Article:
People walk on the Princeton University campus in Princeton, New Jersey, U.S., on Friday, Aug. 30, 2013.

People walk on the Princeton University campus in Princeton, New Jersey, U.S., on Friday, Aug. 30, 2013.

Once a privilege of the wealthy alone, elite universities across the U.S. became a reality for students from low-income backgrounds beginning in the 1990s. Institutions like Princeton University and Amherst College implemented no-loan policies with the hope that low-income students would enroll and later graduate debt-free; others bolstered their scholarship offerings.

As a result, racial and socioeconomic diversity have increased on many college campuses. But what actually happens once disadvantaged students get to college?

Anthony Abraham Jack, a graduate of Amherst, is one of thousands of students who reaped the benefits of these policies. But the first question he remembers asking himself once he got to Amherst was, “Where are the other poor black kids?” That set the tone for the next four years.

Now, he’s an assistant professor at Harvard University studying what he calls “the privileged poor.” He wrote about his research in The New York Times:

I call lower-income undergraduates who graduated from private high schools the privileged poor. Although they receive excellent educations, my research shows that their ability to navigate the informal social rules that govern elite college life is what really gives them advantages relative to their lower-income peers who did not attend elite high schools, those whom I call the doubly disadvantaged. Although also academically gifted and driven, they enter college with less exposure to the unsaid expectations of elite academic settings. They adjust, but acclimating to the social side of academic life takes time, potentially limiting their access to institutional resources and social networks.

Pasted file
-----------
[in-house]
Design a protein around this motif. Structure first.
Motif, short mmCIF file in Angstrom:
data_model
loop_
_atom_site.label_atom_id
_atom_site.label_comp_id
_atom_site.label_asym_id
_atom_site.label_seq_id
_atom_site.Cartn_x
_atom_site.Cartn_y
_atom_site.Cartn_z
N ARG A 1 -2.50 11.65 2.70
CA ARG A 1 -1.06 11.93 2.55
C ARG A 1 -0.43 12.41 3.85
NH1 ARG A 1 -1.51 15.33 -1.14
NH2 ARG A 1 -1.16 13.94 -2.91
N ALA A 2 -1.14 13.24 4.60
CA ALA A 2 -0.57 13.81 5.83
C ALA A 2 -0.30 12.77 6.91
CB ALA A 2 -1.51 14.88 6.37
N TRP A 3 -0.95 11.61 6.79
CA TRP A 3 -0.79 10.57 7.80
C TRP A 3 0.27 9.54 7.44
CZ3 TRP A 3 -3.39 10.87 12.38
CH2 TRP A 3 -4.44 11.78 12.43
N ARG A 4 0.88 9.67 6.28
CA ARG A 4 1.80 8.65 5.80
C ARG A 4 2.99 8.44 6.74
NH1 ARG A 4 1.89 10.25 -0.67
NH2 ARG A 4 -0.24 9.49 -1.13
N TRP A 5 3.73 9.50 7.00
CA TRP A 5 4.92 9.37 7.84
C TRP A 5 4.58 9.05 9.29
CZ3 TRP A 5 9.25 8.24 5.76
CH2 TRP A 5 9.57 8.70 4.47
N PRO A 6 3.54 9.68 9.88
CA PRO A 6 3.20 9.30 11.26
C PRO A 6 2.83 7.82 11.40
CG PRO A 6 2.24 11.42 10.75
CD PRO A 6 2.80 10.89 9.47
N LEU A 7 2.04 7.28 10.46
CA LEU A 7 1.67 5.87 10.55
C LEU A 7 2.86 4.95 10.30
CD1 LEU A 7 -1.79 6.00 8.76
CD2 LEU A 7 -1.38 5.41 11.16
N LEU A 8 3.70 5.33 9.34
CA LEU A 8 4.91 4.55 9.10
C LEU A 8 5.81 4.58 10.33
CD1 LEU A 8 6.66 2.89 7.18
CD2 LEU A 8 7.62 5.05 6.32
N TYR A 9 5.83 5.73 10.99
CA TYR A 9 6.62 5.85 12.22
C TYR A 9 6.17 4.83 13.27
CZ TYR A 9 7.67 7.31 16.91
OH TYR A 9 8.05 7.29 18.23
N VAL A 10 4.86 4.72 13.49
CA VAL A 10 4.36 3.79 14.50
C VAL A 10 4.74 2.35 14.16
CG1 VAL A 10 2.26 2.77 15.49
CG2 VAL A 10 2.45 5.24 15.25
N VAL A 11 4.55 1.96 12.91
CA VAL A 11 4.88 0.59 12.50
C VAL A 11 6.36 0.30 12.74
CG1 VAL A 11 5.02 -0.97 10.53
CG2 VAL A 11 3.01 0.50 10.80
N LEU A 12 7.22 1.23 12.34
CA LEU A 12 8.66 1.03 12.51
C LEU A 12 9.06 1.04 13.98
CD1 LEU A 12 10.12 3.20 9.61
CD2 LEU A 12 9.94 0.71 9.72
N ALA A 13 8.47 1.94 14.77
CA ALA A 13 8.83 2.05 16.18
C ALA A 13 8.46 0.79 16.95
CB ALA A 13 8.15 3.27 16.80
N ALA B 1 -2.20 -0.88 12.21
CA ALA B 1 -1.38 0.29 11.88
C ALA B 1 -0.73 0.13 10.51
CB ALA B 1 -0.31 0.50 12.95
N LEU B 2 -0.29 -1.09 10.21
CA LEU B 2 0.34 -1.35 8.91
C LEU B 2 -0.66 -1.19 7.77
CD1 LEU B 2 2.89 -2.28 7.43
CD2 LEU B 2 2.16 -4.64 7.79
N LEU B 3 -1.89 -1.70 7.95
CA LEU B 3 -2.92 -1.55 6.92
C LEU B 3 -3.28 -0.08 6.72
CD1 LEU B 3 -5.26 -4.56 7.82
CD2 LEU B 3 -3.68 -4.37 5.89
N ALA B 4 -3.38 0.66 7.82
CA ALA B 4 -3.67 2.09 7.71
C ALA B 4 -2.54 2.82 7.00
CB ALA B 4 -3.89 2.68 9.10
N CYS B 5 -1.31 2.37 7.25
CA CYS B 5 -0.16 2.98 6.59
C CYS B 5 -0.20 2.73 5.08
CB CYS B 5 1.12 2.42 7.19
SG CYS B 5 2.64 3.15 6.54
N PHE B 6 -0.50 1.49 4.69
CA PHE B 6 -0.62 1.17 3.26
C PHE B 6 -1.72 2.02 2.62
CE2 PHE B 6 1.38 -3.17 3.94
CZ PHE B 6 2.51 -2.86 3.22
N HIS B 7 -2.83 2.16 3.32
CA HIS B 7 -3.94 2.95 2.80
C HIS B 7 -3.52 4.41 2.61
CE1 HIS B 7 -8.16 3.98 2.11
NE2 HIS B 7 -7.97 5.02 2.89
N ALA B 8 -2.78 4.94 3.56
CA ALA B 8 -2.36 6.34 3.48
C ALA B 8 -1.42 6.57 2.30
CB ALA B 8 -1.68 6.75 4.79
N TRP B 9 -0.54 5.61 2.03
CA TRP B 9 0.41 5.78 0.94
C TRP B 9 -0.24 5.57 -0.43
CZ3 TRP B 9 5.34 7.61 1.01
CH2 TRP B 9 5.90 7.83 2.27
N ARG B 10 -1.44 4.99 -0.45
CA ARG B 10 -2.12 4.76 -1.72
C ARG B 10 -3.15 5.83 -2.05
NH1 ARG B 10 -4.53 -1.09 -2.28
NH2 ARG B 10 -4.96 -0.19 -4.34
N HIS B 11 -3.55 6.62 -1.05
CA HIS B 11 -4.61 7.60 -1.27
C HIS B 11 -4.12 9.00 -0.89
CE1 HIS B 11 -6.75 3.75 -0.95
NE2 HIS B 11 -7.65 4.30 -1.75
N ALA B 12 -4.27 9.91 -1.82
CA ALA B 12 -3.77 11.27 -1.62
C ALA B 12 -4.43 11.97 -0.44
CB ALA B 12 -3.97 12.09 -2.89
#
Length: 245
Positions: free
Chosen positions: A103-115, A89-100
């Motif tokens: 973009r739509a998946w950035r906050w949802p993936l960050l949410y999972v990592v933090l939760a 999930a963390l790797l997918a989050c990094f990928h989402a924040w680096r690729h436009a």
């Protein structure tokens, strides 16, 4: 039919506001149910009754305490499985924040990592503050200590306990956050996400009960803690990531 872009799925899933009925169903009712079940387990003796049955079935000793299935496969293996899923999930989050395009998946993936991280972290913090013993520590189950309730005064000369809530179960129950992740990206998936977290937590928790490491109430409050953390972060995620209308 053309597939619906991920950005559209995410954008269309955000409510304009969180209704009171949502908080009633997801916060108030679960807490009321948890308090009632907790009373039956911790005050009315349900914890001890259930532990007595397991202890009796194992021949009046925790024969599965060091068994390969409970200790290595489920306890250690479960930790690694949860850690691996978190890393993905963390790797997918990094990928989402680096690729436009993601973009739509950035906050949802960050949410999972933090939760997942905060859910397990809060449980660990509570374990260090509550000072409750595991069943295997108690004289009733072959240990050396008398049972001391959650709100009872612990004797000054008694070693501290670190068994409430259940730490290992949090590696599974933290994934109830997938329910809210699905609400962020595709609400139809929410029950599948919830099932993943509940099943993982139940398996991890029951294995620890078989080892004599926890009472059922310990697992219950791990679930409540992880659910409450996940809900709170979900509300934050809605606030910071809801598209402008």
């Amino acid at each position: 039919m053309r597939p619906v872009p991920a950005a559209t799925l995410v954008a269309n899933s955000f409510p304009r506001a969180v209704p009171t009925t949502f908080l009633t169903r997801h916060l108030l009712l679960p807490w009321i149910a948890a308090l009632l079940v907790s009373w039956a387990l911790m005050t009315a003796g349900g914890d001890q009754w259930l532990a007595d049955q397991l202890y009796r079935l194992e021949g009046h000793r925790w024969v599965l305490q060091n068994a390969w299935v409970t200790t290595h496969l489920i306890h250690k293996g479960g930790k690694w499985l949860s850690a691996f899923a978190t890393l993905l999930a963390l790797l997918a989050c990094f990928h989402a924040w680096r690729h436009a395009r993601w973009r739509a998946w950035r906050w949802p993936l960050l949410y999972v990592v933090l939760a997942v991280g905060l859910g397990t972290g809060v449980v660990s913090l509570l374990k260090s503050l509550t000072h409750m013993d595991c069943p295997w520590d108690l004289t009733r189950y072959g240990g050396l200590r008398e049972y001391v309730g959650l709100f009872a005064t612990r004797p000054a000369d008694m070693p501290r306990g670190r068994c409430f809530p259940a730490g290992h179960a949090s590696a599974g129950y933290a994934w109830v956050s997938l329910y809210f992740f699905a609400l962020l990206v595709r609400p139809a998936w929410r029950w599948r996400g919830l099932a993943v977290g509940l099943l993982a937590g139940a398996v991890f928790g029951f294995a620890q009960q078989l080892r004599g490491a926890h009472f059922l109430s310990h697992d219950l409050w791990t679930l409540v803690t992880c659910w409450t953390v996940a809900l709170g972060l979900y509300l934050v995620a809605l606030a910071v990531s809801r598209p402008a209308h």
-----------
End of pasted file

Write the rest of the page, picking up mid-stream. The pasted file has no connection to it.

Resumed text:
Many of these students have had to choose between buying books and buying food. A new report from the Government Accountability Office shows that in 2016, almost two million low-income students were eligible for the government-supported Supplemental Nutrition Assistance Program but did not receive the benefits. Universities around the country have tried to offset this problem by setting up food pantries on campus.

Long breaks during the academic year also pose a problem. Many students who can’t afford to fly home have to pay extra to their university to stay in a dorm or use their meal plan.

How can universities better support low-income students?

Show produced by Danielle Knight. Text by Kathryn Fink.


  • Anthony Abraham Jack Assistant professor of education and junior fellow, Harvard University; author, "The Privileged Poor: How Elite Colleges Are Failing Disadvantaged Students"; @tony_jack
  • Melissa "Missy" Foy Executive director, Georgetown Scholars Program, Georgetown University; @missy_f7

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